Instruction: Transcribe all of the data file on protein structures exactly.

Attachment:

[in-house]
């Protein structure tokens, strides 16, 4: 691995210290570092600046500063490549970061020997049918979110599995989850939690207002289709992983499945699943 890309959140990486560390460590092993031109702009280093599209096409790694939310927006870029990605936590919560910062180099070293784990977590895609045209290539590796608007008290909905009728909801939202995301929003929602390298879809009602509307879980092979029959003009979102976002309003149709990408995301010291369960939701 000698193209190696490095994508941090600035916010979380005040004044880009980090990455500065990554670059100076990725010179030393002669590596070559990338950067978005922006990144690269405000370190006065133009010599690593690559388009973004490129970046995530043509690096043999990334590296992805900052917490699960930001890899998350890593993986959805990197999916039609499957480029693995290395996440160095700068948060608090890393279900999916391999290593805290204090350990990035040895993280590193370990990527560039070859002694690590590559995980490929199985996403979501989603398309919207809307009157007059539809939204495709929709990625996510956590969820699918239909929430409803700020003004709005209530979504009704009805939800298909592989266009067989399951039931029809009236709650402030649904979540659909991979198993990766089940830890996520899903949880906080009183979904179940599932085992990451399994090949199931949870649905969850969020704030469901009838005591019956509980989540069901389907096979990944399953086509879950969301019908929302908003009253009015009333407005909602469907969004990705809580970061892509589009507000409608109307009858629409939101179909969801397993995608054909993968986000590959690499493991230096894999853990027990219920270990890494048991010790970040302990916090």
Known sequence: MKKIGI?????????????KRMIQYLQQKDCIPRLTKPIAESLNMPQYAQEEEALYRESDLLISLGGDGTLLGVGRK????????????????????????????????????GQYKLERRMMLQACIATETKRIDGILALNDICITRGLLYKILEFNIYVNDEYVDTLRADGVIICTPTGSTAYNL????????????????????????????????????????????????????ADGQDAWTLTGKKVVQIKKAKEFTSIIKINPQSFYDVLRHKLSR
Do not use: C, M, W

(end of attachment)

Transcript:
[in-house]
């Protein structure tokens, strides 16, 4: 691995210290570092600046500063490549970061020997049918979110599995989850939690207002289709992983499945699943 890309959140990486560390460590092993031109702009280093599209096409790694939310927006870029990605936590919560910062180099070293784990977590895609045209290539590796608007008290909905009728909801939202995301929003929602390298879809009602509307879980092979029959003009979102976002309003149709990408995301010291369960939701 000698193209190696490095994508941090600035916010979380005040004044880009980090990455500065990554670059100076990725010179030393002669590596070559990338950067978005922006990144690269405000370190006065133009010599690593690559388009973004490129970046995530043509690096043999990334590296992805900052917490699960930001890899998350890593993986959805990197999916039609499957480029693995290395996440160095700068948060608090890393279900999916391999290593805290204090350990990035040895993280590193370990990527560039070859002694690590590559995980490929199985996403979501989603398309919207809307009157007059539809939204495709929709990625996510956590969820699918239909929430409803700020003004709005209530979504009704009805939800298909592989266009067989399951039931029809009236709650402030649904979540659909991979198993990766089940830890996520899903949880906080009183979904179940599932085992990451399994090949199931949870649905969850969020704030469901009838005591019956509980989540069901389907096979990944399953086509879950969301019908929302908003009253009015009333407005909602469907969004990705809580970061892509589009507000409608109307009858629409939101179909969801397993995608054909993968986000590959690499493991230096894999853990027990219920270990890494048991010790970040302990916090």
Known sequence: MKKIGI?????????????KRMIQYLQQKDCIPRLTKPIAESLNMPQYAQEEEALYRESDLLISLGGDGTLLGVGRK????????????????????????????????????GQYKLERRMMLQACIATETKRIDGILALNDICITRGLLYKILEFNIYVNDEYVDTLRADGVIICTPTGSTAYNL????????????????????????????????????????????????????ADGQDAWTLTGKKVVQIKKAKEFTSIIKINPQSFYDVLRHKLSR
Do not use: C, M, W